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Kaj_Sotala comments on The Logical Fallacy of Generalization from Fictional Evidence - Less Wrong

39 Post author: Eliezer_Yudkowsky 16 October 2007 03:57AM

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Comment author: Kaj_Sotala 16 October 2007 11:16:36AM 1 point [-]

So, since the topic came up, I'll repeat the question I posed back in the "suggested posts" thread, but didn't (at least to my notice) receive any reply to:

How careful one should be to avoid generalization from fictional evidence? When writing about artificial intelligence, for instance, would it be acceptable to mention Metamorphosis of Prime Intellect as a fictional example of an AI whose "morality programming" breaks down when conditions shift to ones its designer had not thought about (not in a "see, it's happened before" sense but in a "here's one way of how it could happen")? Or would it be better to avoid fictional examples entirely and stick purely to the facts?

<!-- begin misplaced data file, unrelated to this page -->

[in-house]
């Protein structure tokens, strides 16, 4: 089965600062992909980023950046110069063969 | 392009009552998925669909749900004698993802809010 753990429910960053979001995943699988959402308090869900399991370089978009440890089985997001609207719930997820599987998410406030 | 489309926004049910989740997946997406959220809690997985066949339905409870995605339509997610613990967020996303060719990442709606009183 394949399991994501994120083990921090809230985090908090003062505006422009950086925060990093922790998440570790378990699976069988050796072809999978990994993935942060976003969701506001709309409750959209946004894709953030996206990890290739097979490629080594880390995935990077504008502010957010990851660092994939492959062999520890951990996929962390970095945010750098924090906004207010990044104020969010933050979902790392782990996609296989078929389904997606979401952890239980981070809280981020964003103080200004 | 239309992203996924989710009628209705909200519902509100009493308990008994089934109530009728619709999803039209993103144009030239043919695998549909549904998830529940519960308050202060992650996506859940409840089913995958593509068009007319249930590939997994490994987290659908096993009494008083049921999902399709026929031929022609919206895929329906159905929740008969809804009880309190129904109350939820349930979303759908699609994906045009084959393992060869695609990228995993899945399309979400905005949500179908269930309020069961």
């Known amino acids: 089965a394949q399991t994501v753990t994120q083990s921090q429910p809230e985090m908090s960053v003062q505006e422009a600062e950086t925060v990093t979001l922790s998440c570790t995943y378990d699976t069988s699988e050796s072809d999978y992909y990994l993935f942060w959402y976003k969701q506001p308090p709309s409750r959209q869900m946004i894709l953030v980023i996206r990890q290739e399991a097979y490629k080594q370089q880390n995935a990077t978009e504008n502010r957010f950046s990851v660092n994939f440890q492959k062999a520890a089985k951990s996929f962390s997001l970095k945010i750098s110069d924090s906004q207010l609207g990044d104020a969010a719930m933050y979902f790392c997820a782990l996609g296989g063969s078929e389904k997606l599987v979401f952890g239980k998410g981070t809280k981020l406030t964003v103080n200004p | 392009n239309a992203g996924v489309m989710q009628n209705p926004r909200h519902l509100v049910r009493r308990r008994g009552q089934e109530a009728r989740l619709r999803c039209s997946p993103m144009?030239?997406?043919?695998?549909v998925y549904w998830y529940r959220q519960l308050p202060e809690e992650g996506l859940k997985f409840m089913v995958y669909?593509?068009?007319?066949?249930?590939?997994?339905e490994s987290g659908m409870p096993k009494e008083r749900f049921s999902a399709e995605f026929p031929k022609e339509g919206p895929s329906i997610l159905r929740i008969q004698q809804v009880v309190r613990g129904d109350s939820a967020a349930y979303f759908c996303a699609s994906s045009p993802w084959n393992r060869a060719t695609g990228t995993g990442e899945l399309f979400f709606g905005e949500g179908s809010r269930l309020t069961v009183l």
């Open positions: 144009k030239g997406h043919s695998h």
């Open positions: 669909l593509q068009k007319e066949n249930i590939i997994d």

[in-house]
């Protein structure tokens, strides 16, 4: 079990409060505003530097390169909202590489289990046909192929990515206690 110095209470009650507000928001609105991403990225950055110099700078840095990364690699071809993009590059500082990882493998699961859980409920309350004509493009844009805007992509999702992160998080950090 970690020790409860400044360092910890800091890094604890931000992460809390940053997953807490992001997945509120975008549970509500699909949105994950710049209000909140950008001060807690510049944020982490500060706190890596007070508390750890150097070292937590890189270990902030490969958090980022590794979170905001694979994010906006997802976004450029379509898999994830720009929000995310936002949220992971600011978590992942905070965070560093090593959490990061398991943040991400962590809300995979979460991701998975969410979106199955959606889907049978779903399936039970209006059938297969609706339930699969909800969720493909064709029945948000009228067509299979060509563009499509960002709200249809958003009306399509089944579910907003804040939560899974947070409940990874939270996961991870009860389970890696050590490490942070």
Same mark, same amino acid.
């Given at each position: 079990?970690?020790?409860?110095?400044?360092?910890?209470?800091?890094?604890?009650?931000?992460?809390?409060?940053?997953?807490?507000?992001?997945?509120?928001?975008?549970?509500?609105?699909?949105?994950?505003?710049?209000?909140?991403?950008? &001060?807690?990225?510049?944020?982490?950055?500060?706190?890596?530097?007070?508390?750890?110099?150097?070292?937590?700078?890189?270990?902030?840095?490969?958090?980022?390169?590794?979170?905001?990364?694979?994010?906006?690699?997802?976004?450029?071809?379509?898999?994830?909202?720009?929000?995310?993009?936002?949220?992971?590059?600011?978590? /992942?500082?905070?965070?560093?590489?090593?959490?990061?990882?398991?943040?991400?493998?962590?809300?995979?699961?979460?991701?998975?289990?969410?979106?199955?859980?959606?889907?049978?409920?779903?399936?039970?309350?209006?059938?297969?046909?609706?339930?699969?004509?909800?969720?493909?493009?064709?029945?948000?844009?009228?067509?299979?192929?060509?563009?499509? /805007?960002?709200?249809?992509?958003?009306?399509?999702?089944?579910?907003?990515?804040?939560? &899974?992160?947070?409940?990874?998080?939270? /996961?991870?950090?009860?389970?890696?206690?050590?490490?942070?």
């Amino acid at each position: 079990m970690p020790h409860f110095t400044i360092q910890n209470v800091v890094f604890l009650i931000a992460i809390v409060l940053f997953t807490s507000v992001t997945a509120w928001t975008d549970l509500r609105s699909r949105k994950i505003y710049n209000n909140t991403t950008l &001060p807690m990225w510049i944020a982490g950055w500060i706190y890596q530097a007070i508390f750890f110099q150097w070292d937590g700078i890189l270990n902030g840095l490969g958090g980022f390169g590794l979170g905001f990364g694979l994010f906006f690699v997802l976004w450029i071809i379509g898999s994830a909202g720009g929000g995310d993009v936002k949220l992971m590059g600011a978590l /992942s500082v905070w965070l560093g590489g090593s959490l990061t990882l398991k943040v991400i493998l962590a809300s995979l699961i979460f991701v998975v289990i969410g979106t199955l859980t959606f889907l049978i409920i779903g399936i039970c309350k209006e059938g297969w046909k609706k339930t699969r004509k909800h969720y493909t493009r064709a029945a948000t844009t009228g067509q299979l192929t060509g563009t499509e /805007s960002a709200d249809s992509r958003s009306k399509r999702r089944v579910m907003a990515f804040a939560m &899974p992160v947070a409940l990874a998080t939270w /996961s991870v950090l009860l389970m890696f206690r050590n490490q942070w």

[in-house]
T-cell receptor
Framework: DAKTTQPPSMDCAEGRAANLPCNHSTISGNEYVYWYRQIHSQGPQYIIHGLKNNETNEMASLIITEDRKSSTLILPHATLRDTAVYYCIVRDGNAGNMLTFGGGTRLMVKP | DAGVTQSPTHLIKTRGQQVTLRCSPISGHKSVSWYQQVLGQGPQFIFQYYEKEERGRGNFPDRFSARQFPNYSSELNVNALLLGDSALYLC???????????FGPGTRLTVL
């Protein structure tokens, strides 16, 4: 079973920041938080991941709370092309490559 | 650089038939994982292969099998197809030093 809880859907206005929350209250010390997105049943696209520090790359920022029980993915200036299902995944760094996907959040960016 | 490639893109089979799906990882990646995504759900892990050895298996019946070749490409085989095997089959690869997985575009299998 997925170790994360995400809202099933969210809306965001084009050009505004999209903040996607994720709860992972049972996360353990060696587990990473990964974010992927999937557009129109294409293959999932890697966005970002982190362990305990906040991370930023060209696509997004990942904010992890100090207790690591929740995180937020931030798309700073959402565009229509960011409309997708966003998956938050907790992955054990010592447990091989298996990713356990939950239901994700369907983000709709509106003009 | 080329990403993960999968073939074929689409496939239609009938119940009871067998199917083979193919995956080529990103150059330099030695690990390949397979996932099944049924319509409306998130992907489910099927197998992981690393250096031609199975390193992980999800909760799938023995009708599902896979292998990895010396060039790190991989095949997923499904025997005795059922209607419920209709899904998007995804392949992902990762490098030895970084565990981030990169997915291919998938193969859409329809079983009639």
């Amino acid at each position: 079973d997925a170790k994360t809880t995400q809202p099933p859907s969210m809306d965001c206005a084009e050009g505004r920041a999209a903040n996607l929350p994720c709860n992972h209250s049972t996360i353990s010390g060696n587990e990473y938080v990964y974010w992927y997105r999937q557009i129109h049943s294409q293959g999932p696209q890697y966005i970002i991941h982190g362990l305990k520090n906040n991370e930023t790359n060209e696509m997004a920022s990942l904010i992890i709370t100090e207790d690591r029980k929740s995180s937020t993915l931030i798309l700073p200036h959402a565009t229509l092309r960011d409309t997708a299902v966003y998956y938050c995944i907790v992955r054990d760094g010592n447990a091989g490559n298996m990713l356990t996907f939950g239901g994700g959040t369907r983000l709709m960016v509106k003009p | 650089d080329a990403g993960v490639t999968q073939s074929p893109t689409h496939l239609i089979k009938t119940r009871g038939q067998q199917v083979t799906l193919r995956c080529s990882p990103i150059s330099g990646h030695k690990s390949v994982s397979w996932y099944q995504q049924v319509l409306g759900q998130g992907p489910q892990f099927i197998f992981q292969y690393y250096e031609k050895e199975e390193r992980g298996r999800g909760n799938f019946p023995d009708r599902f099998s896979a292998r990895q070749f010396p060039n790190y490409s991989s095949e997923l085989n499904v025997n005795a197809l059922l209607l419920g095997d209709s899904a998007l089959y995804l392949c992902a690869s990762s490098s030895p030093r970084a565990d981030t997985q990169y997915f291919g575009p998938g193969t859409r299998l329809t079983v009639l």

Comment author: JDM 06 November 2012 06:07:41PM 0 points [-]

It should depend on the level of the formality of the writing. In a strictly academic paper, it should probably be avoided completely. If the paper is slightly less formal, it may be acceptable, but the author should take care to specify that it is a work of fiction, that it is a theoretical example and not evidence, and what scope of the example is applicable to the discussion. This should be combined with actual evidence supporting the possibility and relevance of the example.